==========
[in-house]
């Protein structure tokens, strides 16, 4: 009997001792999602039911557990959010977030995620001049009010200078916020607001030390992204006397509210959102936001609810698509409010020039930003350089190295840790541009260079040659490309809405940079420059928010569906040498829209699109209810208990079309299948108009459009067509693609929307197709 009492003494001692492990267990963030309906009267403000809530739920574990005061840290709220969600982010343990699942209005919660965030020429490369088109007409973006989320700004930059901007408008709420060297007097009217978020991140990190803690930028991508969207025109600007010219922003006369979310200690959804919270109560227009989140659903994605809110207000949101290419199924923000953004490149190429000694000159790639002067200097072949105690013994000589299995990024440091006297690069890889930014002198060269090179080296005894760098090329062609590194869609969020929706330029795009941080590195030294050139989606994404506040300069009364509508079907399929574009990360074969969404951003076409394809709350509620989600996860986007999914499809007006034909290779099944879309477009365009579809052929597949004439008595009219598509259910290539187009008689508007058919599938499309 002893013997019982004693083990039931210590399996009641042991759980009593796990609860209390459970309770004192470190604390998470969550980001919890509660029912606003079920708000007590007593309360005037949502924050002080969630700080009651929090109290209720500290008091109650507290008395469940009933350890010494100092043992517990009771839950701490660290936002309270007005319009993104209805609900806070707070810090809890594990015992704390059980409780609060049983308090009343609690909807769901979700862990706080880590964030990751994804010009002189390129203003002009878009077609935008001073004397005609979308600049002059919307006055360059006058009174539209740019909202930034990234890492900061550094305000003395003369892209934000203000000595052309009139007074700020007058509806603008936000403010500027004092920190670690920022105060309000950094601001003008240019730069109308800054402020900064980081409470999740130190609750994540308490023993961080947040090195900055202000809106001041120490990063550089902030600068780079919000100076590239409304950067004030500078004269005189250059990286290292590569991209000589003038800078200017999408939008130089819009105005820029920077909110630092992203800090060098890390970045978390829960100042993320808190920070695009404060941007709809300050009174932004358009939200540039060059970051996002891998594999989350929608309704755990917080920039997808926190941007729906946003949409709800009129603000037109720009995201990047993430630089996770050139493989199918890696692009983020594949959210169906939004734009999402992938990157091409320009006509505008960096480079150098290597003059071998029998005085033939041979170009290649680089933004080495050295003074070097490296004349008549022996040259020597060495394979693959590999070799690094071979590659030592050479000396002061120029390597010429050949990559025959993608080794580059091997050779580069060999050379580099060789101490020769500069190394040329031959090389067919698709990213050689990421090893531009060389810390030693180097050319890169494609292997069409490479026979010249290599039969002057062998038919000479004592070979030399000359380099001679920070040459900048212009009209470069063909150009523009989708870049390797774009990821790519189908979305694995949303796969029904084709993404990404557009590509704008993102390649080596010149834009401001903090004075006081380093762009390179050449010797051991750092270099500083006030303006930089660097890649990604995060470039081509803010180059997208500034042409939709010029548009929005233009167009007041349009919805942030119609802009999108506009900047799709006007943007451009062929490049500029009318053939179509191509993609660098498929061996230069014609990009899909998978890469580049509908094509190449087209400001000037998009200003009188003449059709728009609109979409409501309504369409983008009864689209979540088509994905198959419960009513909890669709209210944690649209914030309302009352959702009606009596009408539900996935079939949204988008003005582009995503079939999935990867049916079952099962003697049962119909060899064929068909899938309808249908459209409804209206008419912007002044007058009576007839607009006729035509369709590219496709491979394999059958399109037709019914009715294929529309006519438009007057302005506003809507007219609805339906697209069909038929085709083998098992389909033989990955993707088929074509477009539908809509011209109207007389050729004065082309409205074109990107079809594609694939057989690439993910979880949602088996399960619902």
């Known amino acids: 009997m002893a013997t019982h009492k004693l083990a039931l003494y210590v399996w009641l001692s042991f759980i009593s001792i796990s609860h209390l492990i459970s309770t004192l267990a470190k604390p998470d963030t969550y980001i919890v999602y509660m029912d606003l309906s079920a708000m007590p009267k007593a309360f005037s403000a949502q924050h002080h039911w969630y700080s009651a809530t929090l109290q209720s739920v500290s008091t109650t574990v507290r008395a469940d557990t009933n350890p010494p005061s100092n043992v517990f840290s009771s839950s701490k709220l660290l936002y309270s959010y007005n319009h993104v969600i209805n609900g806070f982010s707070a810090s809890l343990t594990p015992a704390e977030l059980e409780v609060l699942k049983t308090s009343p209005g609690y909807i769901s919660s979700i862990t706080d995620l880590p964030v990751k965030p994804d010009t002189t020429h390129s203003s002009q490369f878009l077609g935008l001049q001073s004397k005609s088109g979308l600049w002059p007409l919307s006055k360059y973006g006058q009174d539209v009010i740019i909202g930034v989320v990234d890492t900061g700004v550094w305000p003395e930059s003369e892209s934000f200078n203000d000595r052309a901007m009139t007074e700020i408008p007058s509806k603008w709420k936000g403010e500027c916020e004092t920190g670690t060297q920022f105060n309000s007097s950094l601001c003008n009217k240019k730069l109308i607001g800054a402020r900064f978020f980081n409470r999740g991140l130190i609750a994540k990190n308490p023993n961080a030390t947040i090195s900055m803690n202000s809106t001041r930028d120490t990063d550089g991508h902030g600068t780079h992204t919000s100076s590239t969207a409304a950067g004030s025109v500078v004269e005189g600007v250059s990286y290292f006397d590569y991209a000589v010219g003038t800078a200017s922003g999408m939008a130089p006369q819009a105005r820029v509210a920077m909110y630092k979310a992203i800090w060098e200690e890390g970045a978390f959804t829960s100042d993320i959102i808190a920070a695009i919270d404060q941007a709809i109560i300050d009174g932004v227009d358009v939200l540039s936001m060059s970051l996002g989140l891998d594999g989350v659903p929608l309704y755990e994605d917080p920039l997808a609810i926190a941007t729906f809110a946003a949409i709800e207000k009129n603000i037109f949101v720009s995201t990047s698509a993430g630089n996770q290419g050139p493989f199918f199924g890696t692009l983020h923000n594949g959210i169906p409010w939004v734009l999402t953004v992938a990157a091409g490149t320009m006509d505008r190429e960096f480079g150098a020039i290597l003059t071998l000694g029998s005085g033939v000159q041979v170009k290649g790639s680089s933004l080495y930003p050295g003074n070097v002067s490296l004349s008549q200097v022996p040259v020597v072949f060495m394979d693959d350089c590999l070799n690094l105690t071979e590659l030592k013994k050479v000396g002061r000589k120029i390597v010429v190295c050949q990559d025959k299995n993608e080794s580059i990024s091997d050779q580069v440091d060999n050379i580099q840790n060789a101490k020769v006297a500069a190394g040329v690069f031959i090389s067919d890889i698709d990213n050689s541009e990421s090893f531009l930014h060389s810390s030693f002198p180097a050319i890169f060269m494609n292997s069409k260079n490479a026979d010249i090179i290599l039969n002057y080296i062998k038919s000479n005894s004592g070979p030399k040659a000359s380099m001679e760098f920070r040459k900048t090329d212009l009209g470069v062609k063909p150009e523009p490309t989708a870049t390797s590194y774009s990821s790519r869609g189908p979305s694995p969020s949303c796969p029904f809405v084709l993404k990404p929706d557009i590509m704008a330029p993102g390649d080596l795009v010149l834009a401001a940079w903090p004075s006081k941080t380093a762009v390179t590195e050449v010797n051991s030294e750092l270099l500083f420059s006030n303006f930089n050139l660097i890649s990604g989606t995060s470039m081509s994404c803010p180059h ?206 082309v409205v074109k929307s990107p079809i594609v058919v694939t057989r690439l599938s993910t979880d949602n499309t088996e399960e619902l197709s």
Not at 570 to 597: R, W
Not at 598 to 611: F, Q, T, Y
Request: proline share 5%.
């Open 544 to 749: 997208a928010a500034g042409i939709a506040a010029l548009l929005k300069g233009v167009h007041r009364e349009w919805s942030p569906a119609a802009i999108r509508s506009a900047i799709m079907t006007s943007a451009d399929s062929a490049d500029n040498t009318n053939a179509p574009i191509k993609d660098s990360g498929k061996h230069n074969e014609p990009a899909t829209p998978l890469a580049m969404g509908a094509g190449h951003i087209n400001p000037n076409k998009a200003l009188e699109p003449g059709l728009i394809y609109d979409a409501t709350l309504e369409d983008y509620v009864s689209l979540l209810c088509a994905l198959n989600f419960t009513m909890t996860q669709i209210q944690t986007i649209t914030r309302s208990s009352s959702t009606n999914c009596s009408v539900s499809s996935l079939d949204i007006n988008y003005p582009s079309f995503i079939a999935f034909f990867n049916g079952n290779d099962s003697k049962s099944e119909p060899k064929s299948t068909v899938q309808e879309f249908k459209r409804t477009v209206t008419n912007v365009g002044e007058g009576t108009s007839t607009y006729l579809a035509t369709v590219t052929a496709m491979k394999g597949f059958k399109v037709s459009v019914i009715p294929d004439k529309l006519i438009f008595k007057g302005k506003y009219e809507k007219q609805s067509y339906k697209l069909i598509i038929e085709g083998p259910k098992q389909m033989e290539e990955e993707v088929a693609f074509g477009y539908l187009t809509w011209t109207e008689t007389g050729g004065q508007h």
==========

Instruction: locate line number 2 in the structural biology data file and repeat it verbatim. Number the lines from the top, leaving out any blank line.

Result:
């Protein structure tokens, strides 16, 4: 009997001792999602039911557990959010977030995620001049009010200078916020607001030390992204006397509210959102936001609810698509409010020039930003350089190295840790541009260079040659490309809405940079420059928010569906040498829209699109209810208990079309299948108009459009067509693609929307197709 009492003494001692492990267990963030309906009267403000809530739920574990005061840290709220969600982010343990699942209005919660965030020429490369088109007409973006989320700004930059901007408008709420060297007097009217978020991140990190803690930028991508969207025109600007010219922003006369979310200690959804919270109560227009989140659903994605809110207000949101290419199924923000953004490149190429000694000159790639002067200097072949105690013994000589299995990024440091006297690069890889930014002198060269090179080296005894760098090329062609590194869609969020929706330029795009941080590195030294050139989606994404506040300069009364509508079907399929574009990360074969969404951003076409394809709350509620989600996860986007999914499809007006034909290779099944879309477009365009579809052929597949004439008595009219598509259910290539187009008689508007058919599938499309 002893013997019982004693083990039931210590399996009641042991759980009593796990609860209390459970309770004192470190604390998470969550980001919890509660029912606003079920708000007590007593309360005037949502924050002080969630700080009651929090109290209720500290008091109650507290008395469940009933350890010494100092043992517990009771839950701490660290936002309270007005319009993104209805609900806070707070810090809890594990015992704390059980409780609060049983308090009343609690909807769901979700862990706080880590964030990751994804010009002189390129203003002009878009077609935008001073004397005609979308600049002059919307006055360059006058009174539209740019909202930034990234890492900061550094305000003395003369892209934000203000000595052309009139007074700020007058509806603008936000403010500027004092920190670690920022105060309000950094601001003008240019730069109308800054402020900064980081409470999740130190609750994540308490023993961080947040090195900055202000809106001041120490990063550089902030600068780079919000100076590239409304950067004030500078004269005189250059990286290292590569991209000589003038800078200017999408939008130089819009105005820029920077909110630092992203800090060098890390970045978390829960100042993320808190920070695009404060941007709809300050009174932004358009939200540039060059970051996002891998594999989350929608309704755990917080920039997808926190941007729906946003949409709800009129603000037109720009995201990047993430630089996770050139493989199918890696692009983020594949959210169906939004734009999402992938990157091409320009006509505008960096480079150098290597003059071998029998005085033939041979170009290649680089933004080495050295003074070097490296004349008549022996040259020597060495394979693959590999070799690094071979590659030592050479000396002061120029390597010429050949990559025959993608080794580059091997050779580069060999050379580099060789101490020769500069190394040329031959090389067919698709990213050689990421090893531009060389810390030693180097050319890169494609292997069409490479026979010249290599039969002057062998038919000479004592070979030399000359380099001679920070040459900048212009009209470069063909150009523009989708870049390797774009990821790519189908979305694995949303796969029904084709993404990404557009590509704008993102390649080596010149834009401001903090004075006081380093762009390179050449010797051991750092270099500083006030303006930089660097890649990604995060470039081509803010180059997208500034042409939709010029548009929005233009167009007041349009919805942030119609802009999108506009900047799709006007943007451009062929490049500029009318053939179509191509993609660098498929061996230069014609990009899909998978890469580049509908094509190449087209400001000037998009200003009188003449059709728009609109979409409501309504369409983008009864689209979540088509994905198959419960009513909890669709209210944690649209914030309302009352959702009606009596009408539900996935079939949204988008003005582009995503079939999935990867049916079952099962003697049962119909060899064929068909899938309808249908459209409804209206008419912007002044007058009576007839607009006729035509369709590219496709491979394999059958399109037709019914009715294929529309006519438009007057302005506003809507007219609805339906697209069909038929085709083998098992389909033989990955993707088929074509477009539908809509011209109207007389050729004065082309409205074109990107079809594609694939057989690439993910979880949602088996399960619902």